Data repositories should investigate whether cost efficiencies can be gained by sharing data storage infrastructure. This could involve conceptual (and potentially financial) separation between the data storage function and the data curation function that repositories provide. This could also involve developing ways to adjust data storage tiers to accommodate variable costs in accordance with usage.

CONCLUDING REMARKS.

The recommendations outlined in this meeting summary are intended to provide concrete steps on how stakeholders can move forward and work to address the many data management challenges faced by the geoscience research community. Changes in the broader research culture will be needed to enhance the value of data management activities in research workflows and will require champions in disciplinary research communities to amplify the message and pass along their knowledge to colleagues.

ACKNOWLEDGMENTS

The National Science Foundation (NSF) provided the funding support for this workshop. We also thank Cecilia Banner and Elizabeth Faircloth of NCAR for administrative and logistical support.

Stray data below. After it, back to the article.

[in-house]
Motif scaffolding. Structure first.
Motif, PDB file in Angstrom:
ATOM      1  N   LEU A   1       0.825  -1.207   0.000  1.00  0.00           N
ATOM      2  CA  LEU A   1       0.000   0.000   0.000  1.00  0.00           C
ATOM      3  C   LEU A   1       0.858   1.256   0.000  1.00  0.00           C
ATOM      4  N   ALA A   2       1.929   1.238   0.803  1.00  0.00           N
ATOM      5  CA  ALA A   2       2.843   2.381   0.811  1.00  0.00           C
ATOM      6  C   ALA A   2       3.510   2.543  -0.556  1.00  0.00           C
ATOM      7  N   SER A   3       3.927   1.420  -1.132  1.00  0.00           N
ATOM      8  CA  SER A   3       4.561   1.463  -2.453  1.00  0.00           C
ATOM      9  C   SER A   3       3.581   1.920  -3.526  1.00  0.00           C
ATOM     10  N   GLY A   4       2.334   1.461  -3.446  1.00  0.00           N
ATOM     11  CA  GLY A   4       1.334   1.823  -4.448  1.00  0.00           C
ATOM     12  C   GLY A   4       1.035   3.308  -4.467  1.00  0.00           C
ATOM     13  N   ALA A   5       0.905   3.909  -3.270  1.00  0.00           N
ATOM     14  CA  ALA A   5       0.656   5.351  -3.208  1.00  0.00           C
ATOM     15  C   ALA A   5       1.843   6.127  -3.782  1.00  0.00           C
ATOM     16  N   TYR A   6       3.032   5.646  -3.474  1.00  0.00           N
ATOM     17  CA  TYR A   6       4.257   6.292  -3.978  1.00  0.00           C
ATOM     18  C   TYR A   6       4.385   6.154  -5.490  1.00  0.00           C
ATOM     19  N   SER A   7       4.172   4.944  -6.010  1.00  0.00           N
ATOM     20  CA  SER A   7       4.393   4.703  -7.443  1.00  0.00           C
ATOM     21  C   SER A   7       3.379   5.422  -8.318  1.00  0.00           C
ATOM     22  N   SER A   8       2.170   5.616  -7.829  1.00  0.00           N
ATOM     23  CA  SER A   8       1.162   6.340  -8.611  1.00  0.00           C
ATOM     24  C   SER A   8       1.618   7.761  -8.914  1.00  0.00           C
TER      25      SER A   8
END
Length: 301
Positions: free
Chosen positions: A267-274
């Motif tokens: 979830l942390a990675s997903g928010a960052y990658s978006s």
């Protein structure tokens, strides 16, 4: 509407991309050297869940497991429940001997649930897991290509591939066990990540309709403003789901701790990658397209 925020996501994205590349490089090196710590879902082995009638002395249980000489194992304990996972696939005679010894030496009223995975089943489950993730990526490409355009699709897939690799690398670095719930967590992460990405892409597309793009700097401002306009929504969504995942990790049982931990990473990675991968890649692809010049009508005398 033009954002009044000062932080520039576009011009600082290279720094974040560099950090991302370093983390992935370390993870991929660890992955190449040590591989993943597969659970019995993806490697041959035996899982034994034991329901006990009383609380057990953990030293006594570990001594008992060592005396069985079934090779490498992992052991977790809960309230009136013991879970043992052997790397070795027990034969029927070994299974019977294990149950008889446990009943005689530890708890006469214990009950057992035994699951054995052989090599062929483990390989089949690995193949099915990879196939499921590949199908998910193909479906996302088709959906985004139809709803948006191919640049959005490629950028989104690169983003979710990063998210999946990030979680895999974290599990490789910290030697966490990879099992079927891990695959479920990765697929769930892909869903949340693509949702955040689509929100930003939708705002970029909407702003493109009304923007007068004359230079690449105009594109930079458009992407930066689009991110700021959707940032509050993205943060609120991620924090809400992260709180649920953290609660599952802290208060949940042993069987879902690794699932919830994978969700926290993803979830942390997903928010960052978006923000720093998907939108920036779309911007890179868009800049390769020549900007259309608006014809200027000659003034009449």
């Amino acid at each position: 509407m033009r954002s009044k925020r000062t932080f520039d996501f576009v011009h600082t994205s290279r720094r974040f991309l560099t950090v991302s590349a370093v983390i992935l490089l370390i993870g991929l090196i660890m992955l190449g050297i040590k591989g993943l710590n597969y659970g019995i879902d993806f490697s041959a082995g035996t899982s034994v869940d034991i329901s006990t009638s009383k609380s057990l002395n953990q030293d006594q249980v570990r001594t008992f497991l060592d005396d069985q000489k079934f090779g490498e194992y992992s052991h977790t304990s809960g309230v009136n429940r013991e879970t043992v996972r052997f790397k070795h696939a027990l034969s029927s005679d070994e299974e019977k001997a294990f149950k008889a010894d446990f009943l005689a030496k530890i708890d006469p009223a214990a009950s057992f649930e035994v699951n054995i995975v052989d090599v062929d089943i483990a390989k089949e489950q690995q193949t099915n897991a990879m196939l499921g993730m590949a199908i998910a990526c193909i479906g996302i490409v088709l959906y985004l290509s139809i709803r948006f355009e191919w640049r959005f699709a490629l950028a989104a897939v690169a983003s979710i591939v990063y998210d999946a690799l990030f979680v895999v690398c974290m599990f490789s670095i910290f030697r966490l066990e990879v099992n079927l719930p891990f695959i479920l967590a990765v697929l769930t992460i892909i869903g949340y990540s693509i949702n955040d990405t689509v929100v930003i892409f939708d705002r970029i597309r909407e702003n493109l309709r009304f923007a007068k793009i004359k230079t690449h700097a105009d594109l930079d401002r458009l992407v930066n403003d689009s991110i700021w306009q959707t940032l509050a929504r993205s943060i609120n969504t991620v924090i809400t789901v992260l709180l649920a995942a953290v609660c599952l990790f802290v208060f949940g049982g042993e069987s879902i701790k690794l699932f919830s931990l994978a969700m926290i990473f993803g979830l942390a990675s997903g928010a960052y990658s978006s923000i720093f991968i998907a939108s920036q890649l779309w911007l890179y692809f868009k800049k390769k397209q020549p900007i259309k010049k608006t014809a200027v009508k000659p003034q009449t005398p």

REFERENCES

  • Borgman, C. L., 2012: The conundrum of sharing research data. J. Amer. Soc. Inf. Sci. Technol., 63, 10591078, https://doi.org/10.1002/asi.22634.

  • Fienberg, S. E., M. E. Martin, and M. L. Straf, Eds., 1985: Sharing Research Data. National Academies Press, 225 pp.

  • Mayernik, M. S., D. Schuster, S. Hou, and G. J. Stossmeister, 2018: Geoscience Digital Data Resource and Repository Service (GeoDaRRS) Workshop report. NCAR Tech. Note NCAR/TN-552+PROC, 43 pp., https://doi.org/10.5065/D6NC601B.

    • Search Google Scholar
    • Export Citation
  • Tenopir, C., S. Allard, K. Douglass, A. U. Aydinoglu, L. Wu, E. Read, M. Manoff, and M. Frame, 2011: Data sharing by scientists: Practices and perceptions. PLOS ONE, 6, e21101, https://doi.org/10.1371/journal.pone.0021101.

    • Crossref
    • Search Google Scholar
    • Export Citation
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Funded by the National Science Foundation.